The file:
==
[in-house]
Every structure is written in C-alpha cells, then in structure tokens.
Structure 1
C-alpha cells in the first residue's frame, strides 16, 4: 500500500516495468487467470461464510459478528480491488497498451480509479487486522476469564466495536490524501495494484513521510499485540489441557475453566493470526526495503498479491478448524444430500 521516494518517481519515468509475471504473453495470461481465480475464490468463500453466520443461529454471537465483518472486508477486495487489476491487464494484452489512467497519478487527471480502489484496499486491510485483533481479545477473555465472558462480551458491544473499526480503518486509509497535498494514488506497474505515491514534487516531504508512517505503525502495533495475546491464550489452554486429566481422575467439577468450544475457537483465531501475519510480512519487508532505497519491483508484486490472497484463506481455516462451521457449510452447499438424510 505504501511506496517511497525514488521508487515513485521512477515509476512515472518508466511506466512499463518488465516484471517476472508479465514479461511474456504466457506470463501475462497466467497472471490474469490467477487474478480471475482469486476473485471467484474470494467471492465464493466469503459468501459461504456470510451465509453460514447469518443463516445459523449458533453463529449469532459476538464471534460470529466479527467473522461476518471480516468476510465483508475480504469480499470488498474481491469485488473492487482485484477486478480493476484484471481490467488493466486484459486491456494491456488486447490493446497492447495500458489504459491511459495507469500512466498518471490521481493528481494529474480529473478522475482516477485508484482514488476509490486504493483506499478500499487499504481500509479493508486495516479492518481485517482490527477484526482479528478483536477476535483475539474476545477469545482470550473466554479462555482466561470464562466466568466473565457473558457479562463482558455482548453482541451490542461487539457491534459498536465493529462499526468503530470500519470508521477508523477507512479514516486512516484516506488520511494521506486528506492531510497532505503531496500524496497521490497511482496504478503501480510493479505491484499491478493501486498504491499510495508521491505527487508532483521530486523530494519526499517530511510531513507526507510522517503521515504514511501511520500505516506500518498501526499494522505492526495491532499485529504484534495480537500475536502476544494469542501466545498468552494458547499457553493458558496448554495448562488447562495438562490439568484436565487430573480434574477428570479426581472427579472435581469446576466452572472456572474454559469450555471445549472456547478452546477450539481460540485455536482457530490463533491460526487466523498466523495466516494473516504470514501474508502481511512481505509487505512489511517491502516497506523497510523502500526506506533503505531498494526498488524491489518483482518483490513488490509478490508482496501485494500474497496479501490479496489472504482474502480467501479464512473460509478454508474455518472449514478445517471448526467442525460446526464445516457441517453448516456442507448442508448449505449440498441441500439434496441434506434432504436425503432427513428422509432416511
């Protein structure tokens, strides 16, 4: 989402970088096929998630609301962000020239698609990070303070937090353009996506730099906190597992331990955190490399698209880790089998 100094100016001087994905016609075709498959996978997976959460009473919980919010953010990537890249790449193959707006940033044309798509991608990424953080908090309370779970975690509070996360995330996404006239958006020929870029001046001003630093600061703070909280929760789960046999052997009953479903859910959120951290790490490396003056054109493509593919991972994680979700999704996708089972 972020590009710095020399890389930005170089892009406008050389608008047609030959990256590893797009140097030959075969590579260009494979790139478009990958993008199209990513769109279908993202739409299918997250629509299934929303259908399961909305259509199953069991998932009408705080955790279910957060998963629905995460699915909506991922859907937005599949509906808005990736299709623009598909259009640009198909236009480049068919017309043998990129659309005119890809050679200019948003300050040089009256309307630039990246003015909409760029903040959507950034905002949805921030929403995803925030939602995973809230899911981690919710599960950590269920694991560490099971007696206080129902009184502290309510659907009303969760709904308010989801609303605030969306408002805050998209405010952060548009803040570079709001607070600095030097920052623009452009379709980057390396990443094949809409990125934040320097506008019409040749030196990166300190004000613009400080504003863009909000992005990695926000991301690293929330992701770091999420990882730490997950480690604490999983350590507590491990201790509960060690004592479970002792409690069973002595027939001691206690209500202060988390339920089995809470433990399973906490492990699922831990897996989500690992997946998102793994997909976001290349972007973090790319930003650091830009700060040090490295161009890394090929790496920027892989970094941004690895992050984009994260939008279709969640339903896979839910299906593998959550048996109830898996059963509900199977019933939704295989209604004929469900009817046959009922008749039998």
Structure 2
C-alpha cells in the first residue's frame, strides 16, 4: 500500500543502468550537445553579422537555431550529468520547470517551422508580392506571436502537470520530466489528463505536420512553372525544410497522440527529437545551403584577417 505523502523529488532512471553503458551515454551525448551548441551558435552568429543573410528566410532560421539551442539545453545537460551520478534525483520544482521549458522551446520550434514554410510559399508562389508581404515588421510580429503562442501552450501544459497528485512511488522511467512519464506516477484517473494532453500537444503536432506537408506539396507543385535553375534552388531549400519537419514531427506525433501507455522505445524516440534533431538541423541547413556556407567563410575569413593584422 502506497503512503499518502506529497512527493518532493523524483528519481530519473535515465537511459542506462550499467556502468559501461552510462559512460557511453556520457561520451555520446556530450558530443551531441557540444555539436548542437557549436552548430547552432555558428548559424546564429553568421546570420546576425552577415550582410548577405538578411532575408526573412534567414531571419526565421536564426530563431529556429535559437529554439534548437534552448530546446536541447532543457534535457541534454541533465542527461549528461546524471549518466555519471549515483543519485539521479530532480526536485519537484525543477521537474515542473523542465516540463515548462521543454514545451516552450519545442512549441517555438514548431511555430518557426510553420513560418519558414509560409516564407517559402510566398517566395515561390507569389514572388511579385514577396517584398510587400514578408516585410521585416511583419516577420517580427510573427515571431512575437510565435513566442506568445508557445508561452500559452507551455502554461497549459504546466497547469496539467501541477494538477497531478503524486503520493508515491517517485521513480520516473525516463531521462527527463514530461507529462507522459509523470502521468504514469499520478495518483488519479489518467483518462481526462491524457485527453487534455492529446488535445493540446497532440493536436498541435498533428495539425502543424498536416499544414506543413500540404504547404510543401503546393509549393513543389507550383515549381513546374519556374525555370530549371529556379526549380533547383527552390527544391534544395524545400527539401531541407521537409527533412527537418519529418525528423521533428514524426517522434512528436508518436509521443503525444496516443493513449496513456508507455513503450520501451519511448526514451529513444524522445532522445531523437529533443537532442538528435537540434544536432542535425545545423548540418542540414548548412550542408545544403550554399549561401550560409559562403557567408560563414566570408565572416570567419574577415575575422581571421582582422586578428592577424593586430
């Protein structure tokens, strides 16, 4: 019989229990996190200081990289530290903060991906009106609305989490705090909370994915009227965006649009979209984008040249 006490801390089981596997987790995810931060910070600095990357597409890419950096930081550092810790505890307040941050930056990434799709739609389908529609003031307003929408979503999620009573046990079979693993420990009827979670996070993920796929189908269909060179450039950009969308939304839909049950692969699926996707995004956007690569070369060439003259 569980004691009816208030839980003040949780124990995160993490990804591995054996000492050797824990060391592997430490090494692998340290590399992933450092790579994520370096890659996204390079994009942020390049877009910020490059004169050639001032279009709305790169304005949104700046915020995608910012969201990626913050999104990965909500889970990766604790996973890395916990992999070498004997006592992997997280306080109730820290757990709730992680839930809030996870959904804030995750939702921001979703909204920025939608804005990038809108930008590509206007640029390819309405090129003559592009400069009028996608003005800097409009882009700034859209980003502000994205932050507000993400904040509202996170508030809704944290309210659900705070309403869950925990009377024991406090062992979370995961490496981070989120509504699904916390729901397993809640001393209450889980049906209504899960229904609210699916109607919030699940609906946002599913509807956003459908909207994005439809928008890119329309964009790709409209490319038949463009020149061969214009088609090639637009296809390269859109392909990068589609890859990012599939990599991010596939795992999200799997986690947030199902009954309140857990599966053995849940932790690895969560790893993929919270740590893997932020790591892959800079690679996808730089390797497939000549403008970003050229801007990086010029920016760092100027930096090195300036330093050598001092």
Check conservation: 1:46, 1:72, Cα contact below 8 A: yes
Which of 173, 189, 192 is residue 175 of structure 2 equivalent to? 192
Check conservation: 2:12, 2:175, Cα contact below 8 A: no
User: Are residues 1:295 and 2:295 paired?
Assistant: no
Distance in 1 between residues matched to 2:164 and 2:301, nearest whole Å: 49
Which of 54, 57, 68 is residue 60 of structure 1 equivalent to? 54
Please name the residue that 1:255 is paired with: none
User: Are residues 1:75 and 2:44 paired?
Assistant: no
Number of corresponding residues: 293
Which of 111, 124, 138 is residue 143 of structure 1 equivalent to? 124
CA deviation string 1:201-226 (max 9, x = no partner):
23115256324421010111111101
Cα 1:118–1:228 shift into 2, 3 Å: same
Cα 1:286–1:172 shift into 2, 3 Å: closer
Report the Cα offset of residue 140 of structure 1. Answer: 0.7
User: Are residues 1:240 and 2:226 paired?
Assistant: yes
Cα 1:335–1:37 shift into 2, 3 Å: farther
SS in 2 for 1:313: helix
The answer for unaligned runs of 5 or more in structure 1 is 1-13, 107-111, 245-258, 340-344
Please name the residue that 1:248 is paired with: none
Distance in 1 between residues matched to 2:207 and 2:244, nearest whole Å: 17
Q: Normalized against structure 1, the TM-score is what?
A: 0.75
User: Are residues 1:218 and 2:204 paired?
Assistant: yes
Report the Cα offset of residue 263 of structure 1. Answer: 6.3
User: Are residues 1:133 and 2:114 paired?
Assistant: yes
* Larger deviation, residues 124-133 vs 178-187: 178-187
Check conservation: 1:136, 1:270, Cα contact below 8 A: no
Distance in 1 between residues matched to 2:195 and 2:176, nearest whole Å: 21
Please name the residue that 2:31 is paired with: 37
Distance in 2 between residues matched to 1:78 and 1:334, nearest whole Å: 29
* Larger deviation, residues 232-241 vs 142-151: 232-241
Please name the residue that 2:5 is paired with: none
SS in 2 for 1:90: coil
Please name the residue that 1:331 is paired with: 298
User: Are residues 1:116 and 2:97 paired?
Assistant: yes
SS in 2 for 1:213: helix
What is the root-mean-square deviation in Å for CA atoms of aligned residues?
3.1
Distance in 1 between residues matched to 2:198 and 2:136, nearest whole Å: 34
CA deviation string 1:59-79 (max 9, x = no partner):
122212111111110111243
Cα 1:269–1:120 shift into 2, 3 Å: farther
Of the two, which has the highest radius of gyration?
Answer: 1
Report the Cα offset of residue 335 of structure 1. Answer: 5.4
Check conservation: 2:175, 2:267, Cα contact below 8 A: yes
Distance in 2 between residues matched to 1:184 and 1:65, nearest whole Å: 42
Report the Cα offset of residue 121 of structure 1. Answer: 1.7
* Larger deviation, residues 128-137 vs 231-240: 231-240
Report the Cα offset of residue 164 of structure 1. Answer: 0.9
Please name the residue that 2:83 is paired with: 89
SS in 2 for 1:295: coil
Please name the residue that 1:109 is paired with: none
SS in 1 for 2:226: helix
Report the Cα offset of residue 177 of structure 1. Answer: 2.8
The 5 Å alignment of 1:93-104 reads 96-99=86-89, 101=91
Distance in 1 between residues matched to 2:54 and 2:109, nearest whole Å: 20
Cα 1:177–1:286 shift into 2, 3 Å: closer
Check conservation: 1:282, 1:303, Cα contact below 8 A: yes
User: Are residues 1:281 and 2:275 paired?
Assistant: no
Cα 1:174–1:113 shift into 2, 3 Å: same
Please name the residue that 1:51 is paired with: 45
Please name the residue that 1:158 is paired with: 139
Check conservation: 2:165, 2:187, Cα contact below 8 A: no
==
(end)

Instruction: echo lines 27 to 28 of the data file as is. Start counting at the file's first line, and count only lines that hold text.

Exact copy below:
Assistant: yes
Cα 1:335–1:37 shift into 2, 3 Å: farther